If there was one RPM command that could win over friends, it would be RPM's upgrade command. After all, anyone who has ever tried to install a newer version of any software knows what a traumatic experience it can be. With RPM, though, this process is reduced to a single command: rpm -U. The rpm -U command (--upgrade is equivalent) performs two distinct operations:
If it sounds to you like rpm -U is nothing more than an rpm -i command (see chapter ) followed by the appropriate number of rpm -e commands, (see chapter ) you'd be exactly right. In fact, we'll be referring back to those chapters as we discuss rpm -U, so if you haven't skimmed those chapters yet, you might want to do that now.
While some people might think it's a ``cheap shot'' to claim that RPM performs an upgrade when in fact it's just doing the equivalent of a couple of other commands, in fact, it's a very smart thing to do. By carefully crafting RPM's package installation and erasure commands to do the work required during an upgrade, it makes RPM more tolerant of misuse by preserving important files even if an upgrade isn't being done.
If RPM had been written with a very ``smart'' upgrade command, and the install and erase commands couldn't handle upgrade situations at all, installing a package could overwrite a modified configuration file. Likewise, erasing a package would also mean that config files could be erased. Not a good situation! However, RPM's approach to upgrades makes it possible to handle even the most tricky situation -- having multiple versions of a package install simultaneously.
While the rpm -i and rpm -e commands each do their part to keep config files straight, it is with rpm -U that the full power of RPM's config file handling shows through. There are no less than six different scenarios that RPM takes into account when handling config files.
In order to make the appropriate decisions, RPM needs information. The information used to decide how to handle config files is a set of three large numbers known as MD5 checksums. An MD5 checksum is produced when a file is used as the input to a complex series of mathematical operations. The resulting checksum has a unique property, in that any change to the file's contents will result in a change to the checksum of that file.1 Therefore, MD5 checksums are a powerful tool for quickly determining whether two different files have the same contents or not.
In the previous paragraph, we stated that RPM uses three different MD5 checksums to determine what should be done with a config file. The three checksums are:
Let's take a look at the various combinations of checksums, see what RPM will do because of them, and discuss why. In the following examples, we'll use the letters X, Y, and Z in place of lengthy MD5 checksums.
In this case, RPM installs the new file, overwriting the original. You may be wondering why go to the trouble of installing the new file if it's just the same as the existing one. The reason is that aspects of the file other than its name and contents might have changed. The file's ownership, for example, might be different in the new version.
In this case, RPM installs the new file, overwriting the original. This makes sense. If it didn't, RPM would never permit newer, modified versions of software to be installed! The original file is not saved, since it had not been changed. A lack of changes here means that no site-specific modifications were made to the file.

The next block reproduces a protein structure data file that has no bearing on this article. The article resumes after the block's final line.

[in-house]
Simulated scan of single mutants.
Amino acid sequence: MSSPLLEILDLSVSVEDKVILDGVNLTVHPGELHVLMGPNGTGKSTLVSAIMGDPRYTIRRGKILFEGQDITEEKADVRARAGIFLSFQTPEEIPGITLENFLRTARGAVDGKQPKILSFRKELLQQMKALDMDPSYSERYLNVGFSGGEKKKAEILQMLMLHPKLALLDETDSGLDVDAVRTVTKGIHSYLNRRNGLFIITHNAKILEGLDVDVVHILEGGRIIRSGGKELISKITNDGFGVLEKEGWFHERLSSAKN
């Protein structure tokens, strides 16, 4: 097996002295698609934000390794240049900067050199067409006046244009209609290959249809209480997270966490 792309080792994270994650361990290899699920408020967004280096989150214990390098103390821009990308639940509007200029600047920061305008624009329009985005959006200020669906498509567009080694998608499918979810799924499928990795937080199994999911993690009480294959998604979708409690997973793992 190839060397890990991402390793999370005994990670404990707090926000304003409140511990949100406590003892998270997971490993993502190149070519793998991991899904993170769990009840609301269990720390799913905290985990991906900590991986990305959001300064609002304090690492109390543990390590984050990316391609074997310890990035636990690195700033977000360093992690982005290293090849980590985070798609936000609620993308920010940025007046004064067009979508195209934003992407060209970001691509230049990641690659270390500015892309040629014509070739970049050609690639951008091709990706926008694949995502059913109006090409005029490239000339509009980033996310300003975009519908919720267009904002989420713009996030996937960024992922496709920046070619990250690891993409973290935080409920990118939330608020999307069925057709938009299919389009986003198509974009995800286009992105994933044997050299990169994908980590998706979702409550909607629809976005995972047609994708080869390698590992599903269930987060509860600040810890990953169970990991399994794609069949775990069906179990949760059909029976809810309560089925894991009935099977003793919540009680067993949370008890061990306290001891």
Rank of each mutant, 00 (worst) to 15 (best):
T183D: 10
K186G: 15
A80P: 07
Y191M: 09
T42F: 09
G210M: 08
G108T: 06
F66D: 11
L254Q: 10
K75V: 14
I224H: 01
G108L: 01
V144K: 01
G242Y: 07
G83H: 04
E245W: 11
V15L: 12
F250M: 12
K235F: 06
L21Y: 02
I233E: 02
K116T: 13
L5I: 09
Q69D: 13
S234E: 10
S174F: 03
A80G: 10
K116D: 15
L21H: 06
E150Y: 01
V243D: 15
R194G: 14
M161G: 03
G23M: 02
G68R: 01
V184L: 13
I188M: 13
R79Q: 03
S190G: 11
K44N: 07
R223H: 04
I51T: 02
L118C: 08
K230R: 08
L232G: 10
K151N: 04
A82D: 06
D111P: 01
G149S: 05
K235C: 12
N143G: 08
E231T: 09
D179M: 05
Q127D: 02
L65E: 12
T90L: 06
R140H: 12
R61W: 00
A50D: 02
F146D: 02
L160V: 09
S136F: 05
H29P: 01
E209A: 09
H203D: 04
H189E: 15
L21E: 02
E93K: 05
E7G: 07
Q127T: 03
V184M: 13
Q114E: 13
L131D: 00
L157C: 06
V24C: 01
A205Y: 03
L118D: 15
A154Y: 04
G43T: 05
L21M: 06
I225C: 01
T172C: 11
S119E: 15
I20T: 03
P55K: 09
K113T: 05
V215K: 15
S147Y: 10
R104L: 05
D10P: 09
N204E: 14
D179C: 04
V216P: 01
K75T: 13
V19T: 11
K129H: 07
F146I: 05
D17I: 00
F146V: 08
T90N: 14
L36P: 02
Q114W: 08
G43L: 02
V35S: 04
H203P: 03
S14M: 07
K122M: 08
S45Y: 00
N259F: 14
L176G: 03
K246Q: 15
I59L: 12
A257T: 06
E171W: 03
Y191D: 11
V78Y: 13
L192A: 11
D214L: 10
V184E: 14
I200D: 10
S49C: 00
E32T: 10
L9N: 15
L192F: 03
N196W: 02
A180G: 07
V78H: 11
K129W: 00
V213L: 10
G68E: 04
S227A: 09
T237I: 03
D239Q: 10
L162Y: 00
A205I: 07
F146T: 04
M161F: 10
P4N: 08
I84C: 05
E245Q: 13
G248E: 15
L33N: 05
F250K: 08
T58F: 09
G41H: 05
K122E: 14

In this case, RPM takes the viewpoint that since the original file and the new file are identical, the modifications made to the original version must still be valid for the new version. It leaves the existing, modified file in place.
In this case, RPM installs the new version, overwriting the modified original. The same philosophy used in the first scenario applies here - although the file has not changed, perhaps some other aspect of the file has, so the new version is installed.
RPM is not able to analyze the contents of the files, and determine what is going on. In this instance, it takes the best possible approach. The new file is known to work properly with the rest of the software in the new package -- at least the people building the new package should have insured that it does. The modified original file is an unknown: it might work with the new package, it might not. So RPM installs the new file.
BUT...The existing file was definitely modified. Someone made an effort to change the file, for some reason. Perhaps the information contained in the file is still of use. Therefore, RPM saves the modified file, naming it file.rpmsave, and prints a warning, so the user knows what happened:
warning: /etc/skel/.bashrc saved as /etc/skel/.bashrc.rpmsave
These five scenarios cover just about every possible circumstance, save one. The missing scenario?
Because the file had not originally been installed as part of a package, there is no way for RPM to determine if the file currently in place had been modified. Therefore, the checksums for the current file and the new file are irrelevant; they cannot be used to clear up the mystery.
When this happens, RPM renames the file to file.rpmorig, prints a warning, and installs the new file. This way, any modifications contained in the original file are saved. The system administrator can review the differences between the original and the newly installed files and determine what action should be taken.
As you can see, in the majority of cases RPM will automatically take the proper course of action when performing an upgrade. It is only when config files have been modified and are to be overwritten, that RPM leaves any post-upgrade work for the system administrator. Even in those cases, many times the modified files are not worth saving and can be deleted.